Although forming America's sixth largest crop yielding 48.8 million pounds of flower and $27 billion in legal sales annually, marijuana’s plunging price-per-pound and the availability of cheaper, unregulated hemp-derived tetrahydrocannabinol (THC) products is confounding the cannabis industry.
Whether cultivated indoors, outdoors or in a greenhouse, over the past two years cannabis wholesale price-per-pound has dropped 40% nationally, curtailing production and crashing businesses across legalized marijuana’s supply chain.
Further, mirroring legalized marijuana’s THC’s effects, hemp-derived THC requires no license, is readily available online and over-the-counter, and is cutting into legalized cannabis’ revenue despite growing state illegality, confusion over federal legality, and concerns regarding these untested and unregulated products’ safety and potency.
Cannabis and delta-9-THC
Cannabis can be grown in the ground, water (i.e., hydroponically), or pots outdoors, indoors, or in a greenhouse, a structure made of transparent material enabling natural sunlight and fresh air cultivation. Whether deemed medical – purchasable only with state-issued card to treat residents’ statutorily defined covered medical condition – or adult-use – purchasable by anyone over 21 from any state with a valid identification – cannabis takes four forms:
- Flower that is smoked
- Oils ingested by vaporizing
- Concentrates consumable after being heated to a high temperature
- Infused products ranging from eye drops to edibles
Those cultivating, processing, infusing, transporting or dispensing cannabis are deemed to be “plant-touching” marijuana-related businesses (MRBs), and despite being legal in 38 American states, cannabis remains federally illegal.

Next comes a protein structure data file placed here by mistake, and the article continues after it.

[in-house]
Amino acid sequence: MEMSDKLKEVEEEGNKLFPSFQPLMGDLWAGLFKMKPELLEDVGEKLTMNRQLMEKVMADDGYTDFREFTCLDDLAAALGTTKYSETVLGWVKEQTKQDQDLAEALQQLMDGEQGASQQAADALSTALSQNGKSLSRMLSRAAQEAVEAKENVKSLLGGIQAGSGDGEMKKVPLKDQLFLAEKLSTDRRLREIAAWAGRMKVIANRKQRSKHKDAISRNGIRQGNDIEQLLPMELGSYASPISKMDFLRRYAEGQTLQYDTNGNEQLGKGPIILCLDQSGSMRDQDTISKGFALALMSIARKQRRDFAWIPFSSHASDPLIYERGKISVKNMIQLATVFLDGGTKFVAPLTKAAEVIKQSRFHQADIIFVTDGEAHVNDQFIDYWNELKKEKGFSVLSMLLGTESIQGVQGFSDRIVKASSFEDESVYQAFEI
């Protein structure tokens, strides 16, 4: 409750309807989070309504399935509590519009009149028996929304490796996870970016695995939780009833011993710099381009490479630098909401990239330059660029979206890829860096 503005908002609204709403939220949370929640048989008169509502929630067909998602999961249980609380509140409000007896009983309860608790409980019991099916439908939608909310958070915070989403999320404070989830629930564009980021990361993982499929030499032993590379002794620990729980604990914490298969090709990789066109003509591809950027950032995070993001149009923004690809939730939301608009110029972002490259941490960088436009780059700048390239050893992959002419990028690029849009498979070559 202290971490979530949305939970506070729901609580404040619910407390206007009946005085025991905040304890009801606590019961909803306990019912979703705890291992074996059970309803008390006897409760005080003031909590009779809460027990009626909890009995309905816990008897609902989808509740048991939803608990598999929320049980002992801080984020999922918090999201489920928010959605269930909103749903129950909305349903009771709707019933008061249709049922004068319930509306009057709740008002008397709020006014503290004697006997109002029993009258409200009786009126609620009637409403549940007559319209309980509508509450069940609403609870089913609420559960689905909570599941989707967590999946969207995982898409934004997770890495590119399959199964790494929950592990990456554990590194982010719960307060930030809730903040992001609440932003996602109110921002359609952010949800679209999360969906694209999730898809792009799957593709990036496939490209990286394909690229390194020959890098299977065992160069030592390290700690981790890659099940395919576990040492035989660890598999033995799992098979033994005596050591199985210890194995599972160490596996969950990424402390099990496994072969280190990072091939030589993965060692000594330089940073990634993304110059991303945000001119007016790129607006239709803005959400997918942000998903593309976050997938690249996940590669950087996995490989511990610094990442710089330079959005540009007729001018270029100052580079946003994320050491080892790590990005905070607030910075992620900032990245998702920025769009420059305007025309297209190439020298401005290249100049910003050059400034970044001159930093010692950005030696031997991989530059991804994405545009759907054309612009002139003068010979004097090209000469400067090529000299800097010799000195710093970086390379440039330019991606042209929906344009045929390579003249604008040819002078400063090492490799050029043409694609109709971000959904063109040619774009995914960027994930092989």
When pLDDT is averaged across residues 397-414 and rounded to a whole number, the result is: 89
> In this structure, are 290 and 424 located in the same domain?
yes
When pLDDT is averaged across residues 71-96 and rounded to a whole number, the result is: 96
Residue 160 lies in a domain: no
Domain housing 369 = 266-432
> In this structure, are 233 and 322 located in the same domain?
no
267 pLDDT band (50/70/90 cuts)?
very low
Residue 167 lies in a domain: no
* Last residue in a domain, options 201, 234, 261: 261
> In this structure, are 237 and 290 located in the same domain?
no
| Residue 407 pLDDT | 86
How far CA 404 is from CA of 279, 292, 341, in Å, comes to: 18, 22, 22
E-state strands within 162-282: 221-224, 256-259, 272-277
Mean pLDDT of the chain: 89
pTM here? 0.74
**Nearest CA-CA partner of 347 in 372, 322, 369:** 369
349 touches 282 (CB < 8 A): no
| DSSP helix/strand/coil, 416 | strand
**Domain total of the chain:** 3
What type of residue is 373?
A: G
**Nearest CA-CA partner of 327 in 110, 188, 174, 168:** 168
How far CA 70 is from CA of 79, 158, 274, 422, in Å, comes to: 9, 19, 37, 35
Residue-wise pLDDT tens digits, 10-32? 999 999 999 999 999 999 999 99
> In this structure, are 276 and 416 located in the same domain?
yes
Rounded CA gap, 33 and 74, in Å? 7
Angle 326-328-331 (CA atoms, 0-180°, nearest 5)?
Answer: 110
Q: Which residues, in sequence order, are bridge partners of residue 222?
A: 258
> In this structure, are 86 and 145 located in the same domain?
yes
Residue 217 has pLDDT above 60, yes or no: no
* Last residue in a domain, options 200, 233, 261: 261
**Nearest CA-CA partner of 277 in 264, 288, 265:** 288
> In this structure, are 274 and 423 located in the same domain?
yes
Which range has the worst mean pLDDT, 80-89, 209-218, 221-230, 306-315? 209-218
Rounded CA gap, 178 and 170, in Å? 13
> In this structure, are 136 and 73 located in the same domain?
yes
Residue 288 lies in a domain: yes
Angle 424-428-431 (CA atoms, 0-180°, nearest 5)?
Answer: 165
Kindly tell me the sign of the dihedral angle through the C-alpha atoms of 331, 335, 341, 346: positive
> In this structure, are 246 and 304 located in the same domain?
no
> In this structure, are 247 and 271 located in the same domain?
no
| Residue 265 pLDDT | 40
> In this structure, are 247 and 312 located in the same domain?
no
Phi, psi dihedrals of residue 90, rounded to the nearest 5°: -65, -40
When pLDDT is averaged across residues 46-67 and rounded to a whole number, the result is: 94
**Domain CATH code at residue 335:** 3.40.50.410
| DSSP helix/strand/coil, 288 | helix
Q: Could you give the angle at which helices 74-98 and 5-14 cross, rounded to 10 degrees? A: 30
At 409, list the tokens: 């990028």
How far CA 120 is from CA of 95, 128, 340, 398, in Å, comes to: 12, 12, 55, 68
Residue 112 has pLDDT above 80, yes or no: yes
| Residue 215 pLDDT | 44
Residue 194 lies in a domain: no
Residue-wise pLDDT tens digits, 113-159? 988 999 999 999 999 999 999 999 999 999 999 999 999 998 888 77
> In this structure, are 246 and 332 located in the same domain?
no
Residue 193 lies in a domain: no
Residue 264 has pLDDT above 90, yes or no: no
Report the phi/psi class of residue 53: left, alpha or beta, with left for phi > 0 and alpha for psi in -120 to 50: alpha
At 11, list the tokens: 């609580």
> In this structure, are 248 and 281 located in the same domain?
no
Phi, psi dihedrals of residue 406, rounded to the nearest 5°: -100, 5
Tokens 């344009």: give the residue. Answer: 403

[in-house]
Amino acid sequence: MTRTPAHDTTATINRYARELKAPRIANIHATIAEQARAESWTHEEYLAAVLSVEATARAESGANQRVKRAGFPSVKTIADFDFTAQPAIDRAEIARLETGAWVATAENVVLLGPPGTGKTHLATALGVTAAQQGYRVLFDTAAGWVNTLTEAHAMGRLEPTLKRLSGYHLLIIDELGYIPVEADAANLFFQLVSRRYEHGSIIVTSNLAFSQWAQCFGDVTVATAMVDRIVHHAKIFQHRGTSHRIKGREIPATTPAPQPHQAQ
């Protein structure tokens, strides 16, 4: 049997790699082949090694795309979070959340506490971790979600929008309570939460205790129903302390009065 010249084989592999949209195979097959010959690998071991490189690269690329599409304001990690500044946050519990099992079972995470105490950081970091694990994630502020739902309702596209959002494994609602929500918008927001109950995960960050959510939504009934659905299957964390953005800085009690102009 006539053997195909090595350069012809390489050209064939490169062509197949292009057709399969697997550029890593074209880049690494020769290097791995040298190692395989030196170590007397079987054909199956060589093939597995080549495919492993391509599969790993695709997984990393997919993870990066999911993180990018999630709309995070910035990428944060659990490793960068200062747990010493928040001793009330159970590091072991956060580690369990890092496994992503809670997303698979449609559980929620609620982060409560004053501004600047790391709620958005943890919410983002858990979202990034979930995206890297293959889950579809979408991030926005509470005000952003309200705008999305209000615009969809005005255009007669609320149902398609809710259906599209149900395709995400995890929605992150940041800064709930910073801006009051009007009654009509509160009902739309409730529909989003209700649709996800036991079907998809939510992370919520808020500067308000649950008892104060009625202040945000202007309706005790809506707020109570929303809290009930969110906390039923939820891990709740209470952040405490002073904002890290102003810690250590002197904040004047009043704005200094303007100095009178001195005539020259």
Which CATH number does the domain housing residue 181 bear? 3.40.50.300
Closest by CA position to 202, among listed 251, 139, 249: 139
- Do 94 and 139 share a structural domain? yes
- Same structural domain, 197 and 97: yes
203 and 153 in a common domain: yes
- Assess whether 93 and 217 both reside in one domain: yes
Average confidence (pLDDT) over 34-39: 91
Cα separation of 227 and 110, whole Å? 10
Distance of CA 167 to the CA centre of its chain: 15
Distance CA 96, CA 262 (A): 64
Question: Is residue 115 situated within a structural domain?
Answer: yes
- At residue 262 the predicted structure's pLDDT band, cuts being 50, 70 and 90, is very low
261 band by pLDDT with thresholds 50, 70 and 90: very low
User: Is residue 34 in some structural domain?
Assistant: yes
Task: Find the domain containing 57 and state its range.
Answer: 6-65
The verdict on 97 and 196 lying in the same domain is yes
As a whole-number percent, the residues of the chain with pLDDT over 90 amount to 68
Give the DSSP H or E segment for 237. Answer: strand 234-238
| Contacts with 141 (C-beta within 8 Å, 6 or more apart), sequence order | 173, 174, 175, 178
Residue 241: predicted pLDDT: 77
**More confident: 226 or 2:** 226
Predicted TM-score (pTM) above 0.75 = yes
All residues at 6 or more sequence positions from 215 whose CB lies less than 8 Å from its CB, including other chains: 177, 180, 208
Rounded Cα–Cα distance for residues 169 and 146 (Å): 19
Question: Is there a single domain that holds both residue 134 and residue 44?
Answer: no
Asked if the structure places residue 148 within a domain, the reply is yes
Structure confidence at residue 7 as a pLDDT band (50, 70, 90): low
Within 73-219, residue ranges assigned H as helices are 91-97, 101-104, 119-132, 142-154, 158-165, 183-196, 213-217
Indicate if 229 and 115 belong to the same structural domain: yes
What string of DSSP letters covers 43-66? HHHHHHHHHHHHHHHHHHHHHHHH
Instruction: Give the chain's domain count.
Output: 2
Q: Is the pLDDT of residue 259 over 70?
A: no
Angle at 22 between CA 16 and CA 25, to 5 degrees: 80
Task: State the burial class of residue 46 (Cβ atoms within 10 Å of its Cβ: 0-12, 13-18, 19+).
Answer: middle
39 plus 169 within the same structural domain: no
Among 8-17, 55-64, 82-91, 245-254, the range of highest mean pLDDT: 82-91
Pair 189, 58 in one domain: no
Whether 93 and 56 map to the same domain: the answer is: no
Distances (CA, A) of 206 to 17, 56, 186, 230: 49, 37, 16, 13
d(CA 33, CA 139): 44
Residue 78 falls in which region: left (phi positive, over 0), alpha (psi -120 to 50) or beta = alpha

The Controlled Substance Act, 21 U.S.C. §§ 801, Et. Seq (1970) (“CSA”) currently lists marijuana next to heroin as a Schedule I controlled substance having “a high potential for abuse” and for which there’s “no currently accepted medical use in treatment” and “a lack of accepted safety for use” “under medical supervision.” The CSA prohibits marijuana’s cultivation, distribution, dispensation and possession, and pursuant to the U.S. Constitution’s Supremacy Clause, state laws conflicting with federal law are generally preempted and void. U.S. Const., Art. VI, cl. 2; Wickard v. Filburn, 317 U.S. 111, 124 (1942)(”[N]o form of state activity can constitutionally thwart the regulatory power granted by the commerce clause to Congress”).
Because the CSA prevents cannabis from being sold outside of each respective legalized-marijuana state, and thus no “interstate Cannabis commerce” can occur, state regulators like California’s Department of Cannabis Control, and not federal agencies like the Drug Enforcement Administration, issue licenses and regulate MRBs.
According to spot-market-index tracker Cannabis Benchmarks, marijuana’s wholesale price-per-pound has dropped 40% over the past two years from $1,658 a pound to $955, with pricing currently at $1,284 a pound for indoor-grown flower, $688 a pound for greenhouse-cultivated cannabis, and $424 a pound for outdoor grown Marijuana.